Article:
The pop-up hotels deliver a once-in-a-lifetime experience, but it doesn’t have to come at an exorbitant cost. If you would like to provide your guests with a pop-up hotel experience – whether at a music fest, on a sandy beach, or up a hill overlooking a scenic river – without breaking your budget, Event Architecture has the perfect mobile structure ready to make your vision come to life: The Snoozy.
There is no other way to describe the Snoozy other than precisely what it is: a portable hotel room. Each Snoozy sleeps up to two people, is equipped with a lockable door, and can be rigged with electricity (for lights, amenities, and mobile device charging) and climate controls. Snoozys are fully customizable both inside and out. Options include two twin beds or one double-sized bed, accent lighting, choice of flooring, Wi-Fi, sound systems, a lockable safe, and extra insulation for further soundproofing.
All of Event Architecture’s modular event structures are comprised of sturdy, aluminum supports, carefully engineered with stability and safety in mind. What gives these buildings their rigidity and strength is a double layer of coated fabric membrane with a securely bonded trim called an AirCell. Once this material is fitted securely in aluminum framing channels, it is pressurized to create tension and durability. A Snoozy is sturdy and secure even on uneven ground like sand, snow, and sod.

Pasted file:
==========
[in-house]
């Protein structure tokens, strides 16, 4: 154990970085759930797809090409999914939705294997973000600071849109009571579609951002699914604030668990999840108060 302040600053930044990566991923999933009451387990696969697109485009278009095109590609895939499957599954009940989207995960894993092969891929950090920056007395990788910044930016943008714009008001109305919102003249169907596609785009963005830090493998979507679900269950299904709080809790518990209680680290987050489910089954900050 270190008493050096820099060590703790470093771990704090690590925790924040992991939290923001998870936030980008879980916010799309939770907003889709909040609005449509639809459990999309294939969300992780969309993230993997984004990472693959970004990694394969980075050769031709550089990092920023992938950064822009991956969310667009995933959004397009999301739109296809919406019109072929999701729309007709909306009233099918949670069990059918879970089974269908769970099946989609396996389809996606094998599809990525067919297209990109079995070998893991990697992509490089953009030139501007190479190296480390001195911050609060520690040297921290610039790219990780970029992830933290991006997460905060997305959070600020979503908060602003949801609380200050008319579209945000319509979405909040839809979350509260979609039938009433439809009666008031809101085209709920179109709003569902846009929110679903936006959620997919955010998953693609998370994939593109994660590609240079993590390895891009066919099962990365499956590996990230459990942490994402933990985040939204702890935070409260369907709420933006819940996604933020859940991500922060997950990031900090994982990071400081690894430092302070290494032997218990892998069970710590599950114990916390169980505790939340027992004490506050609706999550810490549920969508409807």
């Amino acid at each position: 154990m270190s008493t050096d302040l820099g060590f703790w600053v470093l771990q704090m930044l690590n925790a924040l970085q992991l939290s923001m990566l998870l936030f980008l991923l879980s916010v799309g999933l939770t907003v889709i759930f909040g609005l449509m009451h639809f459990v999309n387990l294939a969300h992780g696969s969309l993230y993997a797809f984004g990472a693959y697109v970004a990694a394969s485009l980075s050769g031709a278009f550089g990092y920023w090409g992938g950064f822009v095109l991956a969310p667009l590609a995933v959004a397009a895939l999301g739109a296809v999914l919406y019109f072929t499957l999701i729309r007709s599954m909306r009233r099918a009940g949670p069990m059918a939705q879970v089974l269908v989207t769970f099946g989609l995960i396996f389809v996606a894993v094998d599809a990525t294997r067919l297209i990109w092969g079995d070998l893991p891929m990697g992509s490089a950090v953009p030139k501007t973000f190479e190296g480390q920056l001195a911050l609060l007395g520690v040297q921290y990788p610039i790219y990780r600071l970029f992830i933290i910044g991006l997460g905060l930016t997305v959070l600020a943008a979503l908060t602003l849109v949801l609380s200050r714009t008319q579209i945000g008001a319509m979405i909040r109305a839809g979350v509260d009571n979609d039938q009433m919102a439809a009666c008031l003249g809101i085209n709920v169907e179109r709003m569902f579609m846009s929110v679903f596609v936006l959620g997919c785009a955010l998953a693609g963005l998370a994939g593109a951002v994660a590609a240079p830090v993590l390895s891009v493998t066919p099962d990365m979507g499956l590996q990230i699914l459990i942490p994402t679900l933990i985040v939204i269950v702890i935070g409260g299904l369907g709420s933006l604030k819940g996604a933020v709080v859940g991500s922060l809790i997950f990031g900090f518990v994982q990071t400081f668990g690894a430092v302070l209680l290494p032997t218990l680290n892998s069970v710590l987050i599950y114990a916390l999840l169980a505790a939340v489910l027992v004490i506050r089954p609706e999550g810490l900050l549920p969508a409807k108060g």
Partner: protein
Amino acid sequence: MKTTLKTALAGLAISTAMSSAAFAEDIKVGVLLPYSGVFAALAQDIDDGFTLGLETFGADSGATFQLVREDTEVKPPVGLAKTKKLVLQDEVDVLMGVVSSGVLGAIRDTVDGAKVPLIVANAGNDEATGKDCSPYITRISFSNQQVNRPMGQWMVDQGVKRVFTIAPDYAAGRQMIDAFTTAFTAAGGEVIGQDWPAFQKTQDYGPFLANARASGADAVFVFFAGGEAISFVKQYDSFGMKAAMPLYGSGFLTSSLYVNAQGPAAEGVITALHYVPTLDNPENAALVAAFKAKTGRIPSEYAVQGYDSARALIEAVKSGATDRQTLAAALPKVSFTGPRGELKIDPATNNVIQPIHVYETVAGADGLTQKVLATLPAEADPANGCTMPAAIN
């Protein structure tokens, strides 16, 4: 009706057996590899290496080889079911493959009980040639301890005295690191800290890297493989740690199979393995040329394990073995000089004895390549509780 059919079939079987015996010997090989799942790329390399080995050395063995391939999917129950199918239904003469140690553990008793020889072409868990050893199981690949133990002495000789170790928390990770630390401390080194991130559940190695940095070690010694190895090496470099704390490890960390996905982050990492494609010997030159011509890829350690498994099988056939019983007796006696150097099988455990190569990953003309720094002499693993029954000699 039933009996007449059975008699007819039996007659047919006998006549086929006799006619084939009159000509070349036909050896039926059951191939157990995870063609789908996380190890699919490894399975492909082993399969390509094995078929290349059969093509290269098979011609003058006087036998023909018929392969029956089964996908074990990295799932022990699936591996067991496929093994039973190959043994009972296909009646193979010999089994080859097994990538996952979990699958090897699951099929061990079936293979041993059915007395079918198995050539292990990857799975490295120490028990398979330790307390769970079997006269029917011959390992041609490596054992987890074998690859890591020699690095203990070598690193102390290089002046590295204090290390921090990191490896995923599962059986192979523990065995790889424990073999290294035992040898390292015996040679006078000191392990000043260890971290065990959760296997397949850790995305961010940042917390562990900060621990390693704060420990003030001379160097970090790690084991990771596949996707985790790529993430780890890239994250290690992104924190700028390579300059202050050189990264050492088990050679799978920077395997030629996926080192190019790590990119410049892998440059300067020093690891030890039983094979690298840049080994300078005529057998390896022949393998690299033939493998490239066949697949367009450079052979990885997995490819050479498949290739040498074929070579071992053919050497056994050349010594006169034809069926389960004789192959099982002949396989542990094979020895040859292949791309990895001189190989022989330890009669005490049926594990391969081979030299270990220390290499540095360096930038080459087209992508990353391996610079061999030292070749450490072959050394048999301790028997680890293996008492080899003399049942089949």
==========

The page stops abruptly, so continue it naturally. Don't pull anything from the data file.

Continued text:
Best of all, these weatherproof structures only take three people around 10 minutes each to set up. This is due to the hinged front and back walls. You attach these walls to the hinge, set up a few structural bars, insert the AirCell, and you’re good to go. Plus, every surface of the Snoozy is fully brandable, so your guests won’t ever forget who is providing them with this once-in-a-lifetime experience.
Another benefit of a Snoozy is that it’s attractive yet looks unlike anything else that’s currently available. The striking appearance will have your guests talking (and tweeting), and that’s before they walk inside and discover the luxurious interior.
Pop-up hotels are a fantastic way to provide guests with a unique experience they will remember forever – and your brand can deliver it, thanks to the Snoozy.